A MATCH MADE IN HEAVEN: QUEER CHRISTIANS & DATING APPS
Keywords:Dating app, LGBTQ , queer, religion, technoculture
AbstractDating apps pose particular challenges for queer Christians, reproducing oppressions and experiences of dispossession in the context of seeking intimate relationships. Queer Christians using dating apps complicates an already sensitive combination of social and cultural commitments, values, and beliefs. Dating apps position themselves in the dating market in a variety of ways, however all function to help people meet other people for dates. Some apps are known for facilitating hookups or catering to queer populations, others are used more broadly and aim to facilitate long-term relationships. Dating apps, along with other social media sites, independently create and control the categories users interact with. On dating apps, users expect the app interface to enable them to represent their unique identities. However, dating apps are often designed with dominant populations in mind and end up excluding those who do not fit the model of their ideal user. Ultimately, my analysis reveals how queer Christians know and express gender and religious identities on dating apps but dating apps do not allow for this complexity to be easily visible or searchable. Queer Christians wrestle with dominant narratives, deviate from social scripts, and resist condemnation to a life without hope for loving partnerships. Dating apps offer fine-grained means of seeking and finding a match made in heaven while simultaneously constructing a hellhole of exclusionary, discriminatory, and oppressive binary categories. Still, queer Christians depend on dating apps, both to do queer identity work and to help them seek and find their match made in heaven.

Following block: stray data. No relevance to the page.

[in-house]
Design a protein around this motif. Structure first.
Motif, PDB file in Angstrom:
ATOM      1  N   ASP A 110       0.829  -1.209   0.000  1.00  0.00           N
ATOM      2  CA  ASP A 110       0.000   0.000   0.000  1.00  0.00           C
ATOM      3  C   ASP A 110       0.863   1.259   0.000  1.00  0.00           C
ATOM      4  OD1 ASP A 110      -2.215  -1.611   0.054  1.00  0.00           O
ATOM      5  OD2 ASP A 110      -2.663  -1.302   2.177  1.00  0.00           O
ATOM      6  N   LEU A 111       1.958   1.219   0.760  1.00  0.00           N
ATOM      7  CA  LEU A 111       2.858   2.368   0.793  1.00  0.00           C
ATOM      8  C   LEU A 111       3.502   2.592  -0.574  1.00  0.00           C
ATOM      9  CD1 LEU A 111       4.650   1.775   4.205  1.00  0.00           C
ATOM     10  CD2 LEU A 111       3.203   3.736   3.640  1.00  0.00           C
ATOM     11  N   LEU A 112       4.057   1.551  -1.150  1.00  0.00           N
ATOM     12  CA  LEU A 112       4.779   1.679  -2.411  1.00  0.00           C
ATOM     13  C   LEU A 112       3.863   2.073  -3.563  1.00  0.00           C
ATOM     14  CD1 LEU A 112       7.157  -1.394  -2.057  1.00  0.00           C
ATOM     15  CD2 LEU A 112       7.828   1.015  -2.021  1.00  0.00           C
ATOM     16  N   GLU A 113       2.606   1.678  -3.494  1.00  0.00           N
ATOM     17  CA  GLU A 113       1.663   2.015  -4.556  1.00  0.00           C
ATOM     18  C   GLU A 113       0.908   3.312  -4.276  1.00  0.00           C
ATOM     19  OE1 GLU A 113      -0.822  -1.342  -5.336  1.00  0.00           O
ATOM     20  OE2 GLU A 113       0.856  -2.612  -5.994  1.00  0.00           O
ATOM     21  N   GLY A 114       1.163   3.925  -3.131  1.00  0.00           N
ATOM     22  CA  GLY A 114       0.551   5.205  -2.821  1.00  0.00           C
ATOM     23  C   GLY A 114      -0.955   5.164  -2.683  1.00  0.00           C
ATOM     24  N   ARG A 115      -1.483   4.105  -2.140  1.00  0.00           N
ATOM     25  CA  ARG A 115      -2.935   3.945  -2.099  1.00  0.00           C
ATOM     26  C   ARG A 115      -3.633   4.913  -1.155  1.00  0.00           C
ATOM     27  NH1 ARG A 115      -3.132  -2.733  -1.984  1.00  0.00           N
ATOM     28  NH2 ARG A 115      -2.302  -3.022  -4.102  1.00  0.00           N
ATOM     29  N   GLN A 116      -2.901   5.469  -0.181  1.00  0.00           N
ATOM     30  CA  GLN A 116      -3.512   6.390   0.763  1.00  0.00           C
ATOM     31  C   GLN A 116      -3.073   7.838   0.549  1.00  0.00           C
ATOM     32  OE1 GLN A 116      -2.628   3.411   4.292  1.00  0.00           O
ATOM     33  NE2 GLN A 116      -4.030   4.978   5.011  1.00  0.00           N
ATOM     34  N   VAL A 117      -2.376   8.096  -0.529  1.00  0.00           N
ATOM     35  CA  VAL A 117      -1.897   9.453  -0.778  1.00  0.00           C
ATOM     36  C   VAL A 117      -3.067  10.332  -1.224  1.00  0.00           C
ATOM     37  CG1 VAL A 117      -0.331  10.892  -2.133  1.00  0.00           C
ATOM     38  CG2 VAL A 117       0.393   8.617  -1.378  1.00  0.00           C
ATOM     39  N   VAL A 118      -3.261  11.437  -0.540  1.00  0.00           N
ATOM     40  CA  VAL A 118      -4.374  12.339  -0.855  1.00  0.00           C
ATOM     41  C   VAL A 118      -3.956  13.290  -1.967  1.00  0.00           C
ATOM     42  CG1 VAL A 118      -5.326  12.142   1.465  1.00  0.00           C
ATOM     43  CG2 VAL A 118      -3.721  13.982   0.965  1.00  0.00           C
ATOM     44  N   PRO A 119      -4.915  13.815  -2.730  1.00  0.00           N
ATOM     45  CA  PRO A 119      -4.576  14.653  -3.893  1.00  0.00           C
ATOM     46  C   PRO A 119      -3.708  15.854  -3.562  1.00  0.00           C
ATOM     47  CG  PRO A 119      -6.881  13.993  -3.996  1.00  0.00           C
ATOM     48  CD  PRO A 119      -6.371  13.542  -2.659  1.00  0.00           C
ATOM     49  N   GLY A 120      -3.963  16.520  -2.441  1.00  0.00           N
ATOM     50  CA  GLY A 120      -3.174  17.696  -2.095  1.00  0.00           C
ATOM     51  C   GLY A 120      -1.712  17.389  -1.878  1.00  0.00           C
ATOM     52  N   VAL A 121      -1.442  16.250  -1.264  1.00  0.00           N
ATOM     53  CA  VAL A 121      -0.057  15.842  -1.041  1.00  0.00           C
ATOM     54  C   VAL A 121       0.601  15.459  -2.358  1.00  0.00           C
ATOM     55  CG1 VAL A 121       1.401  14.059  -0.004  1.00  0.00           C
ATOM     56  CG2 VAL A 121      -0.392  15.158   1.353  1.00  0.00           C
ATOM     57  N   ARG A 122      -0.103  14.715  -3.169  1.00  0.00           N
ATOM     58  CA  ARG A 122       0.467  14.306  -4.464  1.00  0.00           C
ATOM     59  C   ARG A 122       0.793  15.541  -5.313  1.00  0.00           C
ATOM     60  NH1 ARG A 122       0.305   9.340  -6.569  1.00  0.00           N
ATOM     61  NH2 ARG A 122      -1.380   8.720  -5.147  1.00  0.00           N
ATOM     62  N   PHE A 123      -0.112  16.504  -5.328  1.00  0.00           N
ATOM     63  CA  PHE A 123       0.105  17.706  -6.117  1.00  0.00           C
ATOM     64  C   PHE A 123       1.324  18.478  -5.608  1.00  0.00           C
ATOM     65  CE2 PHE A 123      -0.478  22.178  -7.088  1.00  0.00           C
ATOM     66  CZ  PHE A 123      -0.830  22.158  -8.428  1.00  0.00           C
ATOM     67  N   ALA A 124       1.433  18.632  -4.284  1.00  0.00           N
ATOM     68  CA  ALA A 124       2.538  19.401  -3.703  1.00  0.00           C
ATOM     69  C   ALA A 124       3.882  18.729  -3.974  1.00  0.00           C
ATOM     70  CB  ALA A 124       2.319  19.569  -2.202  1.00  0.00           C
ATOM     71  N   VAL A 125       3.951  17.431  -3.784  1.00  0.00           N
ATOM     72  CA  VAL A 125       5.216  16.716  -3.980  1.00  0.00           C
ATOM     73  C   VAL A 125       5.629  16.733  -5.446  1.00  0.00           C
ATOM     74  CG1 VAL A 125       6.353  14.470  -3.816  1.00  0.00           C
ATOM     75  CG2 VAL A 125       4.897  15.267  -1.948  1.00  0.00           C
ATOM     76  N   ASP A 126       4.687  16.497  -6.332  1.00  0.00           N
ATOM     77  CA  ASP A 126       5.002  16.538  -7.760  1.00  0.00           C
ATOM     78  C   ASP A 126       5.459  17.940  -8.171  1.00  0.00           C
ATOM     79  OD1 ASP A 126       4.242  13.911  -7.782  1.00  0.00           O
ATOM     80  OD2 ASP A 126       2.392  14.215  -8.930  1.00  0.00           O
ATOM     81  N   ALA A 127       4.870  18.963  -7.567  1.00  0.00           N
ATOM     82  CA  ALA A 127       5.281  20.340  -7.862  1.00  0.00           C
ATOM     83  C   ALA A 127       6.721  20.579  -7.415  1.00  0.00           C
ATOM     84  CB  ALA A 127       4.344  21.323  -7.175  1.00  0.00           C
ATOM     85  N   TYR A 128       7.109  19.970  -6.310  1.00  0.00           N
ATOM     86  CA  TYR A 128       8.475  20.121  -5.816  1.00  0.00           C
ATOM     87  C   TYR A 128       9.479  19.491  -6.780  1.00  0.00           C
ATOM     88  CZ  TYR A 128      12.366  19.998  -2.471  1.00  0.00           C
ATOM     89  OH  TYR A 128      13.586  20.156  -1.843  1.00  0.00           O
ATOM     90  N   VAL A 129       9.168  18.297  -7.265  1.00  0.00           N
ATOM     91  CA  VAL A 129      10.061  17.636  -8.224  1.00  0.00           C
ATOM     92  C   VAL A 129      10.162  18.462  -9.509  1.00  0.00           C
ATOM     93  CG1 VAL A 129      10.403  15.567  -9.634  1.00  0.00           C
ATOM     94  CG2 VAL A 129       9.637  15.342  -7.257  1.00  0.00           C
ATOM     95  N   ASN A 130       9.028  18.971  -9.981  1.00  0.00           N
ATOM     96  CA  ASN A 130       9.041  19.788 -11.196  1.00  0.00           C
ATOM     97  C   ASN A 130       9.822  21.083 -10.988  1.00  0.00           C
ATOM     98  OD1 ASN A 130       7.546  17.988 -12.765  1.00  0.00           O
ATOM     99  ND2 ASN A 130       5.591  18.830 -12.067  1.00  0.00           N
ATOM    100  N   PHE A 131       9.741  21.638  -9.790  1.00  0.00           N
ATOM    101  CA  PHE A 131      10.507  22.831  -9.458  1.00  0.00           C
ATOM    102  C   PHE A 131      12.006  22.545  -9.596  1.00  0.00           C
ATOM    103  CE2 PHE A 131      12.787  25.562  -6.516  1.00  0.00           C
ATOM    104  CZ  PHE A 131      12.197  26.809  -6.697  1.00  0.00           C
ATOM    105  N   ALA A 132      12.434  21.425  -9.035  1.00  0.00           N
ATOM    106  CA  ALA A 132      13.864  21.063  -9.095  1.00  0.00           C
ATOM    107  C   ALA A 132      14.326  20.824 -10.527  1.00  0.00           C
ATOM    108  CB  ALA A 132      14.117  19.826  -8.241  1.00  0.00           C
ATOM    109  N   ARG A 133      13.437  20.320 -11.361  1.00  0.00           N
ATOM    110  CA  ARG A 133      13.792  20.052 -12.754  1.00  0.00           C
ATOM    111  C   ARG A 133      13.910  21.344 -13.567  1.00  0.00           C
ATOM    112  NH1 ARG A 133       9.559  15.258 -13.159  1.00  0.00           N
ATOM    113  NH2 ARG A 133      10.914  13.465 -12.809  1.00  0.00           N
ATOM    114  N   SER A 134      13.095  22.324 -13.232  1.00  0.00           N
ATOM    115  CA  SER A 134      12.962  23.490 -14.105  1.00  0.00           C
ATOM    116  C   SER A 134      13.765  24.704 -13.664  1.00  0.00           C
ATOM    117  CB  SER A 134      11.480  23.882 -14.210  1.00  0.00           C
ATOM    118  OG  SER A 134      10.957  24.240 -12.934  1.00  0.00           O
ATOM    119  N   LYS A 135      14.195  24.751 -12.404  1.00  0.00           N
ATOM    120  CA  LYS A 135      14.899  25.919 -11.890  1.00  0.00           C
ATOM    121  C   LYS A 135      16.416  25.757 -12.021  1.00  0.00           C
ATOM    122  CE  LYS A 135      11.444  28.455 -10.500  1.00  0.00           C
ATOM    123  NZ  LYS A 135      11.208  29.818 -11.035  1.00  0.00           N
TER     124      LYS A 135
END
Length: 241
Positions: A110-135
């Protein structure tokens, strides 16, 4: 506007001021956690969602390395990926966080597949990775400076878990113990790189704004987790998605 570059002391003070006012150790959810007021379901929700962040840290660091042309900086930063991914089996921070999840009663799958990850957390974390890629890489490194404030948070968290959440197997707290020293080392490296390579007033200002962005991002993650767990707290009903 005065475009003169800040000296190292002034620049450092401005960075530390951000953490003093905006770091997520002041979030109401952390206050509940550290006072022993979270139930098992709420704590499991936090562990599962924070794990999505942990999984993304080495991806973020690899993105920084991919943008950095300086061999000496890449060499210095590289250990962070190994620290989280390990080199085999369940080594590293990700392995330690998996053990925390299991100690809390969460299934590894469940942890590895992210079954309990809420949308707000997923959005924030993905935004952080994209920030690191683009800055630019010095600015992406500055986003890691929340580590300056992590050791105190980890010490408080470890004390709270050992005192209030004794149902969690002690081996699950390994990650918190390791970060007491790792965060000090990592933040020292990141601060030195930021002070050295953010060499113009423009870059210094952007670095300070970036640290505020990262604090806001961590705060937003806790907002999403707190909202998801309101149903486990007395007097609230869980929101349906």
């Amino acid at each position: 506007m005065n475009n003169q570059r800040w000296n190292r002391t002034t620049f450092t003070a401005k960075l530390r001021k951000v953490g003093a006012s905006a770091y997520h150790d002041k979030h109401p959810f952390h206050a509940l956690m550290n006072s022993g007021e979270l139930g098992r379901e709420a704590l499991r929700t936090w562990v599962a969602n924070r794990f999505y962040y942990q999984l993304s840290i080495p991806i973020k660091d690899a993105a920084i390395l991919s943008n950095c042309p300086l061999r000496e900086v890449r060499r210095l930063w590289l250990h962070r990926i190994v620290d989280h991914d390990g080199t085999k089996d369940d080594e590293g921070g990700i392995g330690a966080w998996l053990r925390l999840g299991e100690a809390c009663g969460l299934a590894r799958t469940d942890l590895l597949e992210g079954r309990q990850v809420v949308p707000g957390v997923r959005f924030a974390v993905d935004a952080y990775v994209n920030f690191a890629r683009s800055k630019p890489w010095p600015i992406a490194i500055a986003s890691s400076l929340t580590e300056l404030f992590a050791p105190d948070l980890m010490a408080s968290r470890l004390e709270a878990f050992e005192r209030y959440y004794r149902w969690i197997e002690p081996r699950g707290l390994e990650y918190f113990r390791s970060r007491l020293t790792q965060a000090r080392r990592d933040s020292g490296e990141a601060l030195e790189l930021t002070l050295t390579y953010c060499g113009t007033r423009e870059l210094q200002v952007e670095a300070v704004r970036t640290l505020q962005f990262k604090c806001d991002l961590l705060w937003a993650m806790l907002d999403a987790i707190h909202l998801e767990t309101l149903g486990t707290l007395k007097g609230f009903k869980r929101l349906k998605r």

How to Cite
King, W. (2023). A MATCH MADE IN HEAVEN: QUEER CHRISTIANS & DATING APPS. AoIR Selected Papers of Internet Research, 2022. https://doi.org/10.5210/spir.v2022i0.13034